Length of body 500-800 um. (ref. ID; 4596)

Conochilus norvegicus Burckhardt, 1943 (ref. ID; 1345, 1923, 2553, 3591)

Descriptions

Burckhardt designated a very large unicorn form (1,300 um) with greatly elongate foot as C. norvegicus, but this species is synonym of C. unicornis, might represent a case of gigantism and allometric distortion in a population adapted to low temperature. (ref. ID; 1923)

Comments

The results accounted for by Pejler (1956) ought to demonstrate that C. norvegicus can no longer be retained as a distinct species. Some of Lie-Pettersen's specimens (e.g. that shown in Lie-Pettersen 1909, Pl.1:5) are admittedly more robust than the two parent species, and have above all a considerably longer foot than they, but this can be interpreted as an effect of heterosis, and does not oppose their presumed hybridogenic character. The possibility that we are here in presence of polyploidy likewise exists; cf. Carlins 1943, p.75. (ref. ID; 2553)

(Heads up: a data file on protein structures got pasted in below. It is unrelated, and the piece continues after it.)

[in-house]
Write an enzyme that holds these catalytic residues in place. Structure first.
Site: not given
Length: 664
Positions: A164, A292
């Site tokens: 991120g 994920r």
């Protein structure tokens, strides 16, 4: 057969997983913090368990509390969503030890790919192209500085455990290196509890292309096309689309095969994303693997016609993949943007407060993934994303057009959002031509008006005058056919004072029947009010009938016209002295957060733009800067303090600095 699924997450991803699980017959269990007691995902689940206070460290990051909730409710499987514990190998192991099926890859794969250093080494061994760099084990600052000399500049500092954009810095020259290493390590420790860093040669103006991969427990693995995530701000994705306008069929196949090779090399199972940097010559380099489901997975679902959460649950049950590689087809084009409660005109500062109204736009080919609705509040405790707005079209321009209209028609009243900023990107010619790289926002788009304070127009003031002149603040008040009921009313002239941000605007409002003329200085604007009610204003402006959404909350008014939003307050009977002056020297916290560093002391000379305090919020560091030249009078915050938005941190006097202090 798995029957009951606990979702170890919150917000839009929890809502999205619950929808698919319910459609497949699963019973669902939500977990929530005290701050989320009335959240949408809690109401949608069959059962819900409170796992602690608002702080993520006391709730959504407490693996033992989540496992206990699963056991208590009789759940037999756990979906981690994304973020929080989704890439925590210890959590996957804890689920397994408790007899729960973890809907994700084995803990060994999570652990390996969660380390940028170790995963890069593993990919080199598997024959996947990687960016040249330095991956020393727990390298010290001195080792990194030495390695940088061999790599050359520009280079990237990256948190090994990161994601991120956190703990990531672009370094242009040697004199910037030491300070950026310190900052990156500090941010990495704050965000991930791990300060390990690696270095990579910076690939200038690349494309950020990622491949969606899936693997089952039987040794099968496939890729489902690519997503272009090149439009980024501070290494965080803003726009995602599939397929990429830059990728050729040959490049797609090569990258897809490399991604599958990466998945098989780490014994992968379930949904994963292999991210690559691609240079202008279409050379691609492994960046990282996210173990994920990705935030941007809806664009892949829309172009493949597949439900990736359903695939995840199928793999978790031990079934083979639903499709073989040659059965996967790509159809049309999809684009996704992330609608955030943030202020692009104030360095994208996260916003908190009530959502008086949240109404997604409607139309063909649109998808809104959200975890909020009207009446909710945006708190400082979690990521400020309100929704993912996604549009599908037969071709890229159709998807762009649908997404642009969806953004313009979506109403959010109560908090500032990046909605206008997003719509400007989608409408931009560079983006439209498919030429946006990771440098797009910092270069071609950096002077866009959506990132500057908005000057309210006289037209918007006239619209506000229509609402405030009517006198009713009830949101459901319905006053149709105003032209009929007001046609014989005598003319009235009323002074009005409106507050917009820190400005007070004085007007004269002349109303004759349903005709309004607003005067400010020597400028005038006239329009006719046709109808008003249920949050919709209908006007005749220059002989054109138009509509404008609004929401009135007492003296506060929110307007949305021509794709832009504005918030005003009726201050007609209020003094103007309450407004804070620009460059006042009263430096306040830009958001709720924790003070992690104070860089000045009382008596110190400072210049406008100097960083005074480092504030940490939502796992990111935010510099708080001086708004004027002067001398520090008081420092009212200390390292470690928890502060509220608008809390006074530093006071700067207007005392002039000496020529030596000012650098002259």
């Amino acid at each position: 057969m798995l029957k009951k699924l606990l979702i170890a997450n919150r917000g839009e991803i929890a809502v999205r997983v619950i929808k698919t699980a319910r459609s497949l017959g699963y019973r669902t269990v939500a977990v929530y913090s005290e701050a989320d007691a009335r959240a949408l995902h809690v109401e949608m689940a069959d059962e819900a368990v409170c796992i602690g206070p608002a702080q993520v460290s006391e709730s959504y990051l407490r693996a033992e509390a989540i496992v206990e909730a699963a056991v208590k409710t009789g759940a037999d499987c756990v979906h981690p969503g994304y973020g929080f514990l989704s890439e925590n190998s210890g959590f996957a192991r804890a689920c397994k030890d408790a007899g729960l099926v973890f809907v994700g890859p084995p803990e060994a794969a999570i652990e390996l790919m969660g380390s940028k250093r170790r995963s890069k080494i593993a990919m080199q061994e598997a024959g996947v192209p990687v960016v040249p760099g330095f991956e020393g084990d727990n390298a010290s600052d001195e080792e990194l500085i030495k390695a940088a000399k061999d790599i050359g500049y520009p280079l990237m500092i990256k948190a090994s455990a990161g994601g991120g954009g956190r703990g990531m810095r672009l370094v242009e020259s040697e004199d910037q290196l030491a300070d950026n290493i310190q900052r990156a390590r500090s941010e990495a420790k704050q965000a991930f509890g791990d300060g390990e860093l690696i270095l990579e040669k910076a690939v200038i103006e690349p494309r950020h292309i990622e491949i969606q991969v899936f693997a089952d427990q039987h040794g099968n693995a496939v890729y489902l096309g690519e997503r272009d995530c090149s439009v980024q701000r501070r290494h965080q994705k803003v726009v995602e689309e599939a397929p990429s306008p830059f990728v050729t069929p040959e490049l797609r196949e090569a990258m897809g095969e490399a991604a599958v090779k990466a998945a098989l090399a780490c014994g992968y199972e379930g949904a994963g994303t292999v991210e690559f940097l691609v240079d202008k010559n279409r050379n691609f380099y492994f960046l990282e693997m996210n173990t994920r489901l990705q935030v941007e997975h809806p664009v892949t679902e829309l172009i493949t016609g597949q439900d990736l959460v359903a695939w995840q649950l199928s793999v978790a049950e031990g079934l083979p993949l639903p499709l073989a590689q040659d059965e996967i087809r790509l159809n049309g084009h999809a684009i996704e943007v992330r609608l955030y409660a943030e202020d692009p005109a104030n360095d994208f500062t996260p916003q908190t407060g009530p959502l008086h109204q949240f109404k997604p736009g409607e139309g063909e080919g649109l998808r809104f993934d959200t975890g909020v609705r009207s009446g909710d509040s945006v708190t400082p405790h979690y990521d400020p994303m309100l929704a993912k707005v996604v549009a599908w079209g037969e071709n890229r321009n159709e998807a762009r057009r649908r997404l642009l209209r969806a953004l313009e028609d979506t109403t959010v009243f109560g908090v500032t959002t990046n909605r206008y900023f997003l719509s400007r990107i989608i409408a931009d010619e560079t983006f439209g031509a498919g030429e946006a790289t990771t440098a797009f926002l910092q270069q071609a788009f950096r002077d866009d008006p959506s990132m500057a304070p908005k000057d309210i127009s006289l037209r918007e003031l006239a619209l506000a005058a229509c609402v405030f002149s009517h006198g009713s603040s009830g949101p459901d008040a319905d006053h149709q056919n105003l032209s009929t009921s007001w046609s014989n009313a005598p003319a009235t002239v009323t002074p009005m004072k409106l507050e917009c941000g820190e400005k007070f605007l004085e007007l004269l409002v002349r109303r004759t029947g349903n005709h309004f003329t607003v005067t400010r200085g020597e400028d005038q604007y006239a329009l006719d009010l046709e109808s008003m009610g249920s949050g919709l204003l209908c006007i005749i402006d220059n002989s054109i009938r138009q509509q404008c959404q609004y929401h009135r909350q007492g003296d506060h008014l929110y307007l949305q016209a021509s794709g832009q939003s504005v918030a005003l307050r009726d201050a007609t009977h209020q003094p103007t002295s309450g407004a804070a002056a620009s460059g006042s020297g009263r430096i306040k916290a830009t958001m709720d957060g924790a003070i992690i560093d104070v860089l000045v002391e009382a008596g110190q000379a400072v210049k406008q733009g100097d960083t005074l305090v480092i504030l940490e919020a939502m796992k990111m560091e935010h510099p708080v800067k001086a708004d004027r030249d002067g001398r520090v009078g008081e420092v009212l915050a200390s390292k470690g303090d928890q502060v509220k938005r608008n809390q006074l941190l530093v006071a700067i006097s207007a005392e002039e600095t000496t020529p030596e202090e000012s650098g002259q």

Conochilus unicornis Rousselet, 1892 (ref. ID; 1345, 1346, 1923, 2268, 2317, 2551, 2715, 2841, 3275, 3514, 3591, 3688, 4596) reported year? (ref. ID; 3046, 3208) reported author and year? (ref. ID; 2989, 3017)

Synonym

Conochilus leptopus Forbes, 1893 (ref. ID; 1345, 3688); Conochilus limneticus Stenroos, 1898 (ref. ID; 1345, 3688)

Descriptions

This species with 1 antenna, representing 2 fused, with a relatively shorter foot, forming colonies of only a few individuals, and common in lake plankton. See descriptions of C. norvegicus. (ref. ID; 1923)
The colonies can be seen with the nacked eye as rounded bodies in fresh and preserved samples. Ventral antennae are fused with groups of cilia at the end. Foot as long as body smooth, and appears ringed in contracted specimens. Colony entirely covered with jelly like substance with cannot be seen sometimes in preserved material. (ref. ID; 2715)
See comments of C. hippocrepis. (ref. ID; 2989, 3017)
A pelagic form living in free-swimming colonies, spherical in shape, of a number of individuals attached to a common centre. (ref. ID; 3208)
Only one antenna on corona. Colonies smaller. Freshwater species, also in estuaries. (ref. ID; 4596)

Measurements

Total length varies up to about 450 um. (ref. ID; 1923)
Total length of individuals about 300 um. (ref. ID; 2317)
Contracted specimens range from 250-310 um. (ref. ID; 2715)
Body length 90-110; length of stalk 80-100; width of body 80-85; width of corona 70-85 um. (ref. ID; 3275)
Length of body 200-400 um. (ref. ID; 4596)